Ayurveda provides guidelines to help us choose the right foods and combinations of food to avoid feelings of unsettled digestion. Ayurveda provides ways of improving metabolism and lists of incompatible foods to avoid eating together. For example, not mixing dairy with fish, eggs or meat, not mixing raw foods with cooked foods, as they are incompatible. Another example is fruits, which should be eaten alone with the exception of apples, pears, dates, and coconuts. Incompatible foods are those that do not digest properly when consumed together, creating undigested food that leads to the production of toxins (ama), clogging the channels in the body and mind, hindering digestion, slowing metabolism and resulting in imbalance and disease.  

Individuals with obesity are likely to be experiencing a kapha-imbalance, as explained in  previous parts of this blog series, so the individual should consume foods which reduce kapha and balance the doshas. The kapha-individual should consume vegetables and foods that are pungent and bitter, such as broccoli, collards, and asparagus. All spices are great to reduce kapha, except salt. Honey, raw and unprocessed, is a suitable sweetener for these individuals as it is hot, astringent and dry. The kapha-predominant individual should avoid sweet, sour and salty tastes, packaged, frozen, cold, deep-fried, heavy, fermented and processed foods. They should avoid eating large quantities of food at one time and avoid eating at night, favoring foods that are pungent, bitter and astringent, that are also light and dry. Below is an example and recipe of a kapha-reducing meal, Mung Dal Kitchari

Mung Dal Kitchari - KAPHA
Serves up to 4-6 – V↓, P↓, K↓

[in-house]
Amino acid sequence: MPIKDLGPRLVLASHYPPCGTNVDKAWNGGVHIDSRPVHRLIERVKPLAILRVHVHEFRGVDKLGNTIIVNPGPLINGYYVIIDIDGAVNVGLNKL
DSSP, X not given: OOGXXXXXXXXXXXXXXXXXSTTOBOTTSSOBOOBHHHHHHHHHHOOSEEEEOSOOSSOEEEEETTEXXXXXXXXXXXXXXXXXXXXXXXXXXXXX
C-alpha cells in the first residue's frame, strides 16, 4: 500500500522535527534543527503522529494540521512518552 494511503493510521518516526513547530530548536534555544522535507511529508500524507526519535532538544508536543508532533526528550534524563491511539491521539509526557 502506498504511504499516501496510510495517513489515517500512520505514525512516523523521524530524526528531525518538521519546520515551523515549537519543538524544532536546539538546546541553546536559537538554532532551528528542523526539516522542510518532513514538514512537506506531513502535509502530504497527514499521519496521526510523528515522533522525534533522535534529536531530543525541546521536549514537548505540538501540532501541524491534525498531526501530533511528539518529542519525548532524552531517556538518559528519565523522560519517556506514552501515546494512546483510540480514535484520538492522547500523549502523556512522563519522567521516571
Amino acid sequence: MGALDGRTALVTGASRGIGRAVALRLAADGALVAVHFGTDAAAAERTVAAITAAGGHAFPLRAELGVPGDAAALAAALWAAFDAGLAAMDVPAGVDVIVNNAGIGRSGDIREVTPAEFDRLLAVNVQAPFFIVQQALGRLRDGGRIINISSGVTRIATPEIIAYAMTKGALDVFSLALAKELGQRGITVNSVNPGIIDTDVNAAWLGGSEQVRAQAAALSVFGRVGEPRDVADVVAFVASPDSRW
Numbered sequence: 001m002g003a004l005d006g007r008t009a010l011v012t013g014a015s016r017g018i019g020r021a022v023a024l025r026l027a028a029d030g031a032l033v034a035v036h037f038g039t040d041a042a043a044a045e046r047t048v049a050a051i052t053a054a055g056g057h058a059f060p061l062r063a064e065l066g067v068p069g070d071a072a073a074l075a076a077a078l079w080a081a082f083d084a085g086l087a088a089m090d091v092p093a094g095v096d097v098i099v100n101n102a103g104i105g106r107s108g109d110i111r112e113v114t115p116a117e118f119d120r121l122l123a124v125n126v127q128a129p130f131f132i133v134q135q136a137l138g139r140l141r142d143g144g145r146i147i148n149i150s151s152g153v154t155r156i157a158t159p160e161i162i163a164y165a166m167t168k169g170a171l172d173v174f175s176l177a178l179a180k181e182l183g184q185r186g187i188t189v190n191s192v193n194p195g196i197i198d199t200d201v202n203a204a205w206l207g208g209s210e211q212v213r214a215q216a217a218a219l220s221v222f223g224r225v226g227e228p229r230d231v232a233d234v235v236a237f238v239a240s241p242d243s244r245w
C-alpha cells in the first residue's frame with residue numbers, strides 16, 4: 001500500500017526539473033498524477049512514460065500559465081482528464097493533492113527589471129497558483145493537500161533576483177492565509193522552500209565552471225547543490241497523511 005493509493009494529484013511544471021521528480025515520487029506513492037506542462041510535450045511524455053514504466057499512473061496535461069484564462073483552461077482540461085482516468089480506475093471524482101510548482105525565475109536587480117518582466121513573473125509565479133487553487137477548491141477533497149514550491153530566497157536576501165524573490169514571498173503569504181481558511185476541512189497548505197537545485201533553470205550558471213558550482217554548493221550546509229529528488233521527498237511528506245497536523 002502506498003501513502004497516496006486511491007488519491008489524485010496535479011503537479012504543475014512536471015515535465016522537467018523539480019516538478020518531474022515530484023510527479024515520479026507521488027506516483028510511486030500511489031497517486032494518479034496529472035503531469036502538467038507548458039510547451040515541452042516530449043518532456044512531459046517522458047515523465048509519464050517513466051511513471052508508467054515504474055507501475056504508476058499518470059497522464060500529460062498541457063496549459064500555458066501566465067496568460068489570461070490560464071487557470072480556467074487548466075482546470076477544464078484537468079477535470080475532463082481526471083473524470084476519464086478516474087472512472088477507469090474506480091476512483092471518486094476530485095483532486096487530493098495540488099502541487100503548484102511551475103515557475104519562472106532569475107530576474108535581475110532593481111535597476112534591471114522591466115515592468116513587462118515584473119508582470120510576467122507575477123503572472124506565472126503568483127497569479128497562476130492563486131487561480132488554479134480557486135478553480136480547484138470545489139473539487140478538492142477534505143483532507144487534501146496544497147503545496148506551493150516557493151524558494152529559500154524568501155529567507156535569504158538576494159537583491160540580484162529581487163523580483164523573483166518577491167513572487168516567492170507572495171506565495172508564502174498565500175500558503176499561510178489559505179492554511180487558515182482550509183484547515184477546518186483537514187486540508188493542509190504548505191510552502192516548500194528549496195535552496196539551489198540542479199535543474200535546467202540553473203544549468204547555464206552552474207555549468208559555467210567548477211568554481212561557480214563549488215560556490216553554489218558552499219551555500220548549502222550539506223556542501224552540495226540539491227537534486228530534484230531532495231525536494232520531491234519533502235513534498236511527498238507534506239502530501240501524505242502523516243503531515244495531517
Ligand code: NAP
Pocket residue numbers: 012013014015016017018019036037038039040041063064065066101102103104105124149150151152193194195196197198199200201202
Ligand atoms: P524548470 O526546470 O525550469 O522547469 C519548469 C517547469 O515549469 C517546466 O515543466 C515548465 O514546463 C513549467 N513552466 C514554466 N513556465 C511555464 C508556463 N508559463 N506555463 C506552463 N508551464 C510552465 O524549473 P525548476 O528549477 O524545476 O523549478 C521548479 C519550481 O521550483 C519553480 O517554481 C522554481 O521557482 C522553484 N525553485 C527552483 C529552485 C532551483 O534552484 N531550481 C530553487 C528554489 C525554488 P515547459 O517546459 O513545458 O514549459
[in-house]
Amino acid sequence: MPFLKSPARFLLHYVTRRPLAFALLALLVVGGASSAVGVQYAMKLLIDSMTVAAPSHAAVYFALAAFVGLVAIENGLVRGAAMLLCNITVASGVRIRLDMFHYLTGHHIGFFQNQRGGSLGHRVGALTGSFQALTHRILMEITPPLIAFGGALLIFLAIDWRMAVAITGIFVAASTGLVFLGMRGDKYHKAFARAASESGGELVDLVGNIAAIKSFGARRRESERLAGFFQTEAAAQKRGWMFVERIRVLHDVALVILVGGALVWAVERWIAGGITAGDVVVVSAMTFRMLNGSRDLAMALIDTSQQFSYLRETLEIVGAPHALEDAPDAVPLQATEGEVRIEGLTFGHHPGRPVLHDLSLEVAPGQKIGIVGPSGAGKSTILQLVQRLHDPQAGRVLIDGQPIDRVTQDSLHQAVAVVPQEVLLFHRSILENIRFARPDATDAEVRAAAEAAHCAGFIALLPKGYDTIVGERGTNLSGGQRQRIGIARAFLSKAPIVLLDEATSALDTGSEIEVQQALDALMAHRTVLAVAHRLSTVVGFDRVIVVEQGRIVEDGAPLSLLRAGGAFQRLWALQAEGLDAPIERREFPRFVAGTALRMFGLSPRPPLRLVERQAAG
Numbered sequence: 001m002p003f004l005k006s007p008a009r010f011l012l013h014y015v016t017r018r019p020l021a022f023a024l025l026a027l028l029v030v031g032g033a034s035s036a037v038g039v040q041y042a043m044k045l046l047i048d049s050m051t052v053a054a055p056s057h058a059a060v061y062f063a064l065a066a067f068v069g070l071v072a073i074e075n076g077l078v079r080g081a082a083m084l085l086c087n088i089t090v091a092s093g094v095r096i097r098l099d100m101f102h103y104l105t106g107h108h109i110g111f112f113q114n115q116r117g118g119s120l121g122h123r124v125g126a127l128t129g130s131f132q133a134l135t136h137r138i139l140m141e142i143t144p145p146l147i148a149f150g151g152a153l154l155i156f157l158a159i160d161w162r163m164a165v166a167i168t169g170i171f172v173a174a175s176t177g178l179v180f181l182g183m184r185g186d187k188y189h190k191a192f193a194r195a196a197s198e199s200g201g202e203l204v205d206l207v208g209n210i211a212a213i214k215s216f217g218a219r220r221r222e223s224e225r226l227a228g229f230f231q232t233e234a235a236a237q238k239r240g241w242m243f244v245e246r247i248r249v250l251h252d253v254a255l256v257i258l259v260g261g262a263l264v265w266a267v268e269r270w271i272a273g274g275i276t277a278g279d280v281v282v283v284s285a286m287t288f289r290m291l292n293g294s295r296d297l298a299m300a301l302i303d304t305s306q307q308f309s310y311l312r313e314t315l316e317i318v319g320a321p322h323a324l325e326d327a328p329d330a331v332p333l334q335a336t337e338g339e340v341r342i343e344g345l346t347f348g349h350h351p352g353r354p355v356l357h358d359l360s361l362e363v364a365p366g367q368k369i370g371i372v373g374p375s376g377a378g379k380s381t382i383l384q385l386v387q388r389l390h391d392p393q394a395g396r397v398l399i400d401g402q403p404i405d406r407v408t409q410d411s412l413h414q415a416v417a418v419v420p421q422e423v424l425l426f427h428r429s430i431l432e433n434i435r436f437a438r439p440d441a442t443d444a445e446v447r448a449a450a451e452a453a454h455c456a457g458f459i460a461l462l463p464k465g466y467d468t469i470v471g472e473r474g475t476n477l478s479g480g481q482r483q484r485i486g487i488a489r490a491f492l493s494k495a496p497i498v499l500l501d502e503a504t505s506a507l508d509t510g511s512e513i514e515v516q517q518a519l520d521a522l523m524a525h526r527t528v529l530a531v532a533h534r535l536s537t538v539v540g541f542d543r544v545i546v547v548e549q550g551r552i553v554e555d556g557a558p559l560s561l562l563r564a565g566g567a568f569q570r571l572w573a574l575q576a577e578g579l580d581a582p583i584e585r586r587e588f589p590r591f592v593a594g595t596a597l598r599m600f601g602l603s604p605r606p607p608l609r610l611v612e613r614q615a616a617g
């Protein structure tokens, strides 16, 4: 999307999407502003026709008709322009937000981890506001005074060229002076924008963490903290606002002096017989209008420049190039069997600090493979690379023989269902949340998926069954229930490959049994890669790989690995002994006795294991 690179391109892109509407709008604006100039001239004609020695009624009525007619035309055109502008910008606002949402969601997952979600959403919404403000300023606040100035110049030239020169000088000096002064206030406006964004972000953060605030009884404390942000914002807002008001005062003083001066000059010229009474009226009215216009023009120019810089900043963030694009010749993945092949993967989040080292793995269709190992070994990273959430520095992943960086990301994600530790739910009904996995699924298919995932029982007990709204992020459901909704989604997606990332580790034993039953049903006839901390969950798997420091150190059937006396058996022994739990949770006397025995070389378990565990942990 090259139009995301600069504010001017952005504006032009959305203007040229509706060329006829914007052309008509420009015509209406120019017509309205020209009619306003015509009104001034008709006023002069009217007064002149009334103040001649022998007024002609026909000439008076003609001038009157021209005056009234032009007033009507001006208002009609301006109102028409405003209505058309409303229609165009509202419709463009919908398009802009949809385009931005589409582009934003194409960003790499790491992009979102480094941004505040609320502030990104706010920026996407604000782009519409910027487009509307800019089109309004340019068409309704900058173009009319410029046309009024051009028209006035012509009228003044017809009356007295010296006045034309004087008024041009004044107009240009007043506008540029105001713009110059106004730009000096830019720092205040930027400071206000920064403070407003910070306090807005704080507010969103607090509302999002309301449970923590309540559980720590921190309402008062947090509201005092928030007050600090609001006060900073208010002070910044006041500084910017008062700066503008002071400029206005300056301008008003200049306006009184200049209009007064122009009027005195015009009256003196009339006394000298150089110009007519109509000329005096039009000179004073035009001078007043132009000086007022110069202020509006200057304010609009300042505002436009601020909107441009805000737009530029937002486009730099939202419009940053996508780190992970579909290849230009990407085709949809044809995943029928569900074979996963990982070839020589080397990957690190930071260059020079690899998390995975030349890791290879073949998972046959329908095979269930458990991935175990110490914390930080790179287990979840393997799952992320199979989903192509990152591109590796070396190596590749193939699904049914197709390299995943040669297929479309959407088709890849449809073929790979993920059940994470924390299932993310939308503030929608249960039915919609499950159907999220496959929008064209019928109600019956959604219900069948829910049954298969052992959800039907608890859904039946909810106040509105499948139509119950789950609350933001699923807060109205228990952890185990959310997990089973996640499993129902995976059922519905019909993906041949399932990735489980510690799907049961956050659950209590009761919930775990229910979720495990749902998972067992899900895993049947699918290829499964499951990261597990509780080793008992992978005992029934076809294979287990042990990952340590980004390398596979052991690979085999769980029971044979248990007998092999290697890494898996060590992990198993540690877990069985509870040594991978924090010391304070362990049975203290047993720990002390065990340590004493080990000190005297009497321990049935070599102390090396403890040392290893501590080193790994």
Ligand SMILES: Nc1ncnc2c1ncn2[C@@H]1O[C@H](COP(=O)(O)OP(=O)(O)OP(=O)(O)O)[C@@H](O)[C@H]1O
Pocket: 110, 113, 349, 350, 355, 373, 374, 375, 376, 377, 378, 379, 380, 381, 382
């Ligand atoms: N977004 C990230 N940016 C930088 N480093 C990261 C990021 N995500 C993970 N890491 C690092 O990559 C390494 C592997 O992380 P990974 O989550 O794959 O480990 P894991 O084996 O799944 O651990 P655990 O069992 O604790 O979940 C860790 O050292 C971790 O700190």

• 1 cup yellow split mung dal
  • 1 cup basmati rice
  • 3 tbsp. ghee
  • 4 bay leaves
  • 4 small pieces cinnamon bark
  • 4 whole cloves
  • 4 whole cardamom pods
  • 6 cups water
  • ¼ tsp. salt


  • Wash the mung dal and rice twice. Soak the dal for a few hours, if you have time.
  • Heat a saucepan on medium and add the ghee. When it is hot, put it in the bay leaves, cinnamon, cloves and cardamom and stir until the spices are mixed and fragrant. 
  • Mix in the rice, dal, salt, and water. Cook at a low boil, uncovered, for 5 minutes. Cover and cook on low heat until the dal and rice are soft, about 25-30 minutes. 

*This kitchari recipe is tridoshic, but especially good for kapha because of the warming and pungent qualities of the spices.  

While in Western culture, weight reduction is focused on fad-diets and cutting calories, the Ayurvedic approach focuses on eating whole foods that induce balance and harmony within the body and mind, based on each individual’s unique constituents. Because our body and personality are constantly changing, how, when, and what we eat should also change to cater to our needs. Eating based on the blend of dosha imbalance, intuition, and mindfulness leads to the removal of obesity and disease and in turn promotes radiant health of the body and mind. 

Check our resource page for an AMA Questionnaire to see more about what symptoms let you know if you are accumulating AMA, and another recipe for AMA Reducing Dahl.

Happy eating! 

Ayurvedic Diet: Pros, Cons, and What You Can Eat